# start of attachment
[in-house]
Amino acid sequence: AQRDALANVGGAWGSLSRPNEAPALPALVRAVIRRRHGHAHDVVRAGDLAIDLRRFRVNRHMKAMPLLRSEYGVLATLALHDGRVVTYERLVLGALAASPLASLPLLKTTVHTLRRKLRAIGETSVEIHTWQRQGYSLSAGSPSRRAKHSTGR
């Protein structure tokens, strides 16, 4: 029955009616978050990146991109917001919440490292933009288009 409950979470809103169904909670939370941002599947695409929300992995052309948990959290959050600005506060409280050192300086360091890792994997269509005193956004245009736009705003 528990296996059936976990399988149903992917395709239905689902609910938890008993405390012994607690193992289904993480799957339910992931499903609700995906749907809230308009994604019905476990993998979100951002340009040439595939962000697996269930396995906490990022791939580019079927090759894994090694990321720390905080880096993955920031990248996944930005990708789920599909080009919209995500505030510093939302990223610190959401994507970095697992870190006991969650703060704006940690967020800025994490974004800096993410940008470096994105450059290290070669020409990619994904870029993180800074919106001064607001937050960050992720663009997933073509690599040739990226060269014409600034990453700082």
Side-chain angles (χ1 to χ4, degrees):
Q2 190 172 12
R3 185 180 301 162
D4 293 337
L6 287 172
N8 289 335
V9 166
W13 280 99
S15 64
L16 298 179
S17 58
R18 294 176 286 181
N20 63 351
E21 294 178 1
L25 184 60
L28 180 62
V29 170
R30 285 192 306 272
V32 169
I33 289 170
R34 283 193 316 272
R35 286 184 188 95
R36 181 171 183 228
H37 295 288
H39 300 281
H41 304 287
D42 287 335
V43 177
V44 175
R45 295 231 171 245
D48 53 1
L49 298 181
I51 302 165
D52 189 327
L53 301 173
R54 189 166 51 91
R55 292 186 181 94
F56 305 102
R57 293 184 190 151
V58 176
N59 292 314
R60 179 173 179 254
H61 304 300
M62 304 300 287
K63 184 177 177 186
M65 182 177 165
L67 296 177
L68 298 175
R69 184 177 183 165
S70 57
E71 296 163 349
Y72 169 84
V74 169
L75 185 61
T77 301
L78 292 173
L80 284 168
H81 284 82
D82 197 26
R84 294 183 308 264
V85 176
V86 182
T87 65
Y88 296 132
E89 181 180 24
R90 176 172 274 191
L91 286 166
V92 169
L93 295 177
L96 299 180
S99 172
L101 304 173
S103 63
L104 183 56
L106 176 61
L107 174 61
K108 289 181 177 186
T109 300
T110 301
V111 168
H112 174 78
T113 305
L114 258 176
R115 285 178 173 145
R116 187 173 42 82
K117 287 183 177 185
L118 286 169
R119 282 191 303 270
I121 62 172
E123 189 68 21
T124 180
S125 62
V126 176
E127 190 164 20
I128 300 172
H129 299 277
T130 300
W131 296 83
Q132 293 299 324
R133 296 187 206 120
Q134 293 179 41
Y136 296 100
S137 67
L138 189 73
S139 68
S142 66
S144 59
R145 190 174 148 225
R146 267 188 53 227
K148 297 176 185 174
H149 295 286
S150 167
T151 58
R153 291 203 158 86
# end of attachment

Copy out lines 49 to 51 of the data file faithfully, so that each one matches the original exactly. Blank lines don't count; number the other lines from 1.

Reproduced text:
M65 182 177 165
L67 296 177
L68 298 175